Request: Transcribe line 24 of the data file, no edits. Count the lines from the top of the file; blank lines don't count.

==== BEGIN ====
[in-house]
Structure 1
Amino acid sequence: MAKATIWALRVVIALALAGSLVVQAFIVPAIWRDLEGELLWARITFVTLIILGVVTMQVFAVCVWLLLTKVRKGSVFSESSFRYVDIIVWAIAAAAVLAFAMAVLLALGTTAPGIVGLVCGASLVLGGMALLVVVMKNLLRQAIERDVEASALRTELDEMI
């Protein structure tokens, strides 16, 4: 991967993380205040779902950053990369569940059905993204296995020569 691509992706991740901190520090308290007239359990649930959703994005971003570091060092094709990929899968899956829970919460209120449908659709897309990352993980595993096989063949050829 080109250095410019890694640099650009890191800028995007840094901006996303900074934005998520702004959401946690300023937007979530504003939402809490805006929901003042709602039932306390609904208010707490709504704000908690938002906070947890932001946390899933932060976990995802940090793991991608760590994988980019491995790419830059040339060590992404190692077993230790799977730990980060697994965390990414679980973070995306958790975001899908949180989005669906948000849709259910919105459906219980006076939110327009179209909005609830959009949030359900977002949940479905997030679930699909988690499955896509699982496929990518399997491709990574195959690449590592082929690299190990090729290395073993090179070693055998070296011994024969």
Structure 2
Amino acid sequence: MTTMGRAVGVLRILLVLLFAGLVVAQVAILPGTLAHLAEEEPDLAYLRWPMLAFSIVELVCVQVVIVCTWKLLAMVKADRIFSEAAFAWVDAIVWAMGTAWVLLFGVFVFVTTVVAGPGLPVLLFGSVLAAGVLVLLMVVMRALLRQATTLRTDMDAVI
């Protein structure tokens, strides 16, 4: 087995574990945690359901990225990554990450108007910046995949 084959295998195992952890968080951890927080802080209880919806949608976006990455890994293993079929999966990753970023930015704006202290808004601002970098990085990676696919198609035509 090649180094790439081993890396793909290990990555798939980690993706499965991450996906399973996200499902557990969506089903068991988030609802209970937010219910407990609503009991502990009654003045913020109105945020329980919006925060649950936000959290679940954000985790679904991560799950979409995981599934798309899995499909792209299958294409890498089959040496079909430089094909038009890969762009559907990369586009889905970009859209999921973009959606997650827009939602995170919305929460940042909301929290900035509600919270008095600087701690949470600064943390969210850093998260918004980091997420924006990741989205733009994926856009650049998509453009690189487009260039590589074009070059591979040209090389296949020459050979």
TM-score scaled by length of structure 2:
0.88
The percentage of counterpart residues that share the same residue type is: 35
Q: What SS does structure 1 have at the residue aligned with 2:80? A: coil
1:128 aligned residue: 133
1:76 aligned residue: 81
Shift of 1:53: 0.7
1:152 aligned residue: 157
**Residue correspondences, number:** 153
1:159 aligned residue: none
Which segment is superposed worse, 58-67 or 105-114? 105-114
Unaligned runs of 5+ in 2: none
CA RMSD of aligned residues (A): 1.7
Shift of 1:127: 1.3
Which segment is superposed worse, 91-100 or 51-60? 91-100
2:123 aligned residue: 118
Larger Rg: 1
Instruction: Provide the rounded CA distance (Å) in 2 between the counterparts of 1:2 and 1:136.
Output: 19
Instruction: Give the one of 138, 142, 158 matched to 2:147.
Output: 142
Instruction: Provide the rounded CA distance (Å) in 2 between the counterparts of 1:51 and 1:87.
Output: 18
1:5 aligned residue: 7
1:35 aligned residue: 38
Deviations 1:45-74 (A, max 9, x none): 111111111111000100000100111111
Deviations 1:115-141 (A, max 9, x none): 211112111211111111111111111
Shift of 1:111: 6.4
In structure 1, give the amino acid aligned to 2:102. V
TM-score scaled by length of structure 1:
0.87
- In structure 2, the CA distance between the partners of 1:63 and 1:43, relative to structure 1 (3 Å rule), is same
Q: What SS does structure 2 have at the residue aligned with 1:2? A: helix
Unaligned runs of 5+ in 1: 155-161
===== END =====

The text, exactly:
Larger Rg: 1